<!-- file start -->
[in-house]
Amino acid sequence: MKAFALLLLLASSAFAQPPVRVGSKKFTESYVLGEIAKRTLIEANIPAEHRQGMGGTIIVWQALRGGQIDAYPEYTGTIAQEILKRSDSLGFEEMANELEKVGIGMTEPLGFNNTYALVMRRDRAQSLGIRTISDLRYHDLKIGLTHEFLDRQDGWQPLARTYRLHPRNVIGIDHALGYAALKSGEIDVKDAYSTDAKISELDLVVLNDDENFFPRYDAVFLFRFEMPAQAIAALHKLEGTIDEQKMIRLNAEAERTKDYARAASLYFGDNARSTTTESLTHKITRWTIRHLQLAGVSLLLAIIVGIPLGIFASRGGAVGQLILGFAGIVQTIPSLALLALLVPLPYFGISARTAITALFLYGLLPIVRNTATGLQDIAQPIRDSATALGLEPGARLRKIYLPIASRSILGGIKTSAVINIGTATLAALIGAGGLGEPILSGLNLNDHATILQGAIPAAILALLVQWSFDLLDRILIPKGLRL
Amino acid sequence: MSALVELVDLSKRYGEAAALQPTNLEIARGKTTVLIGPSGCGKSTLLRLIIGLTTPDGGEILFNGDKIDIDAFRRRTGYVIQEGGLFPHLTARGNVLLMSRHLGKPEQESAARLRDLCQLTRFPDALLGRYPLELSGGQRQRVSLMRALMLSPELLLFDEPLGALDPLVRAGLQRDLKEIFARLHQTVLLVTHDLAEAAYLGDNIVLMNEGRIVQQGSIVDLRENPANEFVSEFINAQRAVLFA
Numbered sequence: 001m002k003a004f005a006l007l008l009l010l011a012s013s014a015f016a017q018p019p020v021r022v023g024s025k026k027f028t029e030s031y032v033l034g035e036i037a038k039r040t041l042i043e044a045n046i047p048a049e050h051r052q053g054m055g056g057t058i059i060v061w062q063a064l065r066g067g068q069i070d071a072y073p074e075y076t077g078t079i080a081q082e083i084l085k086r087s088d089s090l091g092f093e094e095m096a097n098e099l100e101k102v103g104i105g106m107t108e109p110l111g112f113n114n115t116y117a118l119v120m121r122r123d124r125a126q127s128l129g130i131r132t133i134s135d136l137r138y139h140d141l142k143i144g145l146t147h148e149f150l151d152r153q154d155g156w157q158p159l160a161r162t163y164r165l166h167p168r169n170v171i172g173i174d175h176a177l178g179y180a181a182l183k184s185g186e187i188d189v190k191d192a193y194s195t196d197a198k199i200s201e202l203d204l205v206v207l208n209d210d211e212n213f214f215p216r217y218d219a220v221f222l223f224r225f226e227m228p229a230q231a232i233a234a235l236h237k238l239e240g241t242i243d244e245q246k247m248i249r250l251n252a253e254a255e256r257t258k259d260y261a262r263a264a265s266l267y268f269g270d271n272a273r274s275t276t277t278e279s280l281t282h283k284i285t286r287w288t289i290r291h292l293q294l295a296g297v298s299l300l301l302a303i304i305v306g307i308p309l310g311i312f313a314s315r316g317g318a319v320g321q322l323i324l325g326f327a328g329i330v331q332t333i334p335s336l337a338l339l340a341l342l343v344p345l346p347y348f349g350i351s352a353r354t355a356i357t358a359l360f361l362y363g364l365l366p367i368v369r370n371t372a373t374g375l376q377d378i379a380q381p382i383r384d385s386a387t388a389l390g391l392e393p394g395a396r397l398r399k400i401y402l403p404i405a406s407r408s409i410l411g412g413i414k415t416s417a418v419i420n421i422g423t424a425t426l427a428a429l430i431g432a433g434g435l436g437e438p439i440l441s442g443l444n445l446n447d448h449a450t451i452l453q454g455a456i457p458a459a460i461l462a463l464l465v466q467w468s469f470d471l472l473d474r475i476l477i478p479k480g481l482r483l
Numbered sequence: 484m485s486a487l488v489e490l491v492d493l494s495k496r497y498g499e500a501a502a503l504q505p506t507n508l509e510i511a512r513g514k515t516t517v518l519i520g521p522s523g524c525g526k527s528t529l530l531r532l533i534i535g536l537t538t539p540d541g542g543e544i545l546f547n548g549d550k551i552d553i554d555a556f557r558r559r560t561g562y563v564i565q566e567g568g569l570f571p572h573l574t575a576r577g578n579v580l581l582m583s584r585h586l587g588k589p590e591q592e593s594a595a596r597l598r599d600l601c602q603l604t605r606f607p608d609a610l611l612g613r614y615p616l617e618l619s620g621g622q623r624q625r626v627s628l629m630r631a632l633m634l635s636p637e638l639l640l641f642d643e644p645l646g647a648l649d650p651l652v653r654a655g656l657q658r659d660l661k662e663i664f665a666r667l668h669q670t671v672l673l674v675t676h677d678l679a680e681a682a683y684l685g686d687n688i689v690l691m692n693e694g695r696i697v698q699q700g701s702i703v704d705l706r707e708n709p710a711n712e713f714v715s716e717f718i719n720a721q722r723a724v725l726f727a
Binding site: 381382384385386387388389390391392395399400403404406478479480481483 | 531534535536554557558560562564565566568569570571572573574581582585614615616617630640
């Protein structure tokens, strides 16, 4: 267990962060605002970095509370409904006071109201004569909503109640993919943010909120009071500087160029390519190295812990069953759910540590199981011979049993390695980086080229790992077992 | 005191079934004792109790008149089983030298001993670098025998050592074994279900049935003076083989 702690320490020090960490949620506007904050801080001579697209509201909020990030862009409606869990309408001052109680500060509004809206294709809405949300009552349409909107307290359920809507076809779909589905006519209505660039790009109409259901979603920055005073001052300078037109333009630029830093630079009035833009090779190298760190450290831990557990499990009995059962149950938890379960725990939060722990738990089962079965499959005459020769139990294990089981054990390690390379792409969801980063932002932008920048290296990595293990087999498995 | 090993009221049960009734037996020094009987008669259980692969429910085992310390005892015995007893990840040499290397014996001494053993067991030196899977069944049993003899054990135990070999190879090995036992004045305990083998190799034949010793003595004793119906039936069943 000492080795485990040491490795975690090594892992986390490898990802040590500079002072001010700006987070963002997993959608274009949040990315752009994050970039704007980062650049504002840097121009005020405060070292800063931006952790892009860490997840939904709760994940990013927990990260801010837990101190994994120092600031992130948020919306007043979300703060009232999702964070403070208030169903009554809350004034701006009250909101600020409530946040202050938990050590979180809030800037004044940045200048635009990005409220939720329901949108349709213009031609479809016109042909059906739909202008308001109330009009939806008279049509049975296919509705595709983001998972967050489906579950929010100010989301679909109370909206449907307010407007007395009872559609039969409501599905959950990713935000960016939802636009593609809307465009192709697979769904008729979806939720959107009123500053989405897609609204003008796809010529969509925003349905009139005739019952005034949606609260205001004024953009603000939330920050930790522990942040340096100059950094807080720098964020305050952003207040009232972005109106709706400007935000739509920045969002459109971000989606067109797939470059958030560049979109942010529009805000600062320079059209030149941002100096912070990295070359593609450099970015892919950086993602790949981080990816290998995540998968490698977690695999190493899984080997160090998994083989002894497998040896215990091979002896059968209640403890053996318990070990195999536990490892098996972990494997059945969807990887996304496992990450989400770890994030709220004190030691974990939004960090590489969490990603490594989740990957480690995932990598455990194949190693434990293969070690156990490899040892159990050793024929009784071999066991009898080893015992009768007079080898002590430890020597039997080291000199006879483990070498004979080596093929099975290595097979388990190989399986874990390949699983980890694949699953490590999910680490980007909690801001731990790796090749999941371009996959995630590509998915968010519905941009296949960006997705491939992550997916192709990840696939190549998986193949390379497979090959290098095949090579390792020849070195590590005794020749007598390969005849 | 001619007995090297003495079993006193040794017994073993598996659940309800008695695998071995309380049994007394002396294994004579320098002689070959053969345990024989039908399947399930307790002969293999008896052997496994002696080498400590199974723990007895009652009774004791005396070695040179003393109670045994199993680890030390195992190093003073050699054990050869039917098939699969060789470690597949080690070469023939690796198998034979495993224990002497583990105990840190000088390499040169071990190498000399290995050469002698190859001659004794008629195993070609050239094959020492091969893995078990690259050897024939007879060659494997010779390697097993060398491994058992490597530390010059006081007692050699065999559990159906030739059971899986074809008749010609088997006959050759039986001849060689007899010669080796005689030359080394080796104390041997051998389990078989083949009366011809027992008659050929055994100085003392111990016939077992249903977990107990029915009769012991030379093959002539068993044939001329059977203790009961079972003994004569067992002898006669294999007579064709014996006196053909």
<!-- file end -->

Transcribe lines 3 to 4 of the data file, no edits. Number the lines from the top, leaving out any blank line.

Amino acid sequence: MSALVELVDLSKRYGEAAALQPTNLEIARGKTTVLIGPSGCGKSTLLRLIIGLTTPDGGEILFNGDKIDIDAFRRRTGYVIQEGGLFPHLTARGNVLLMSRHLGKPEQESAARLRDLCQLTRFPDALLGRYPLELSGGQRQRVSLMRALMLSPELLLFDEPLGALDPLVRAGLQRDLKEIFARLHQTVLLVTHDLAEAAYLGDNIVLMNEGRIVQQGSIVDLRENPANEFVSEFINAQRAVLFA
Numbered sequence: 001m002k003a004f005a006l007l008l009l010l011a012s013s014a015f016a017q018p019p020v021r022v023g024s025k026k027f028t029e030s031y032v033l034g035e036i037a038k039r040t041l042i043e044a045n046i047p048a049e050h051r052q053g054m055g056g057t058i059i060v061w062q063a064l065r066g067g068q069i070d071a072y073p074e075y076t077g078t079i080a081q082e083i084l085k086r087s088d089s090l091g092f093e094e095m096a097n098e099l100e101k102v103g104i105g106m107t108e109p110l111g112f113n114n115t116y117a118l119v120m121r122r123d124r125a126q127s128l129g130i131r132t133i134s135d136l137r138y139h140d141l142k143i144g145l146t147h148e149f150l151d152r153q154d155g156w157q158p159l160a161r162t163y164r165l166h167p168r169n170v171i172g173i174d175h176a177l178g179y180a181a182l183k184s185g186e187i188d189v190k191d192a193y194s195t196d197a198k199i200s201e202l203d204l205v206v207l208n209d210d211e212n213f214f215p216r217y218d219a220v221f222l223f224r225f226e227m228p229a230q231a232i233a234a235l236h237k238l239e240g241t242i243d244e245q246k247m248i249r250l251n252a253e254a255e256r257t258k259d260y261a262r263a264a265s266l267y268f269g270d271n272a273r274s275t276t277t278e279s280l281t282h283k284i285t286r287w288t289i290r291h292l293q294l295a296g297v298s299l300l301l302a303i304i305v306g307i308p309l310g311i312f313a314s315r316g317g318a319v320g321q322l323i324l325g326f327a328g329i330v331q332t333i334p335s336l337a338l339l340a341l342l343v344p345l346p347y348f349g350i351s352a353r354t355a356i357t358a359l360f361l362y363g364l365l366p367i368v369r370n371t372a373t374g375l376q377d378i379a380q381p382i383r384d385s386a387t388a389l390g391l392e393p394g395a396r397l398r399k400i401y402l403p404i405a406s407r408s409i410l411g412g413i414k415t416s417a418v419i420n421i422g423t424a425t426l427a428a429l430i431g432a433g434g435l436g437e438p439i440l441s442g443l444n445l446n447d448h449a450t451i452l453q454g455a456i457p458a459a460i461l462a463l464l465v466q467w468s469f470d471l472l473d474r475i476l477i478p479k480g481l482r483l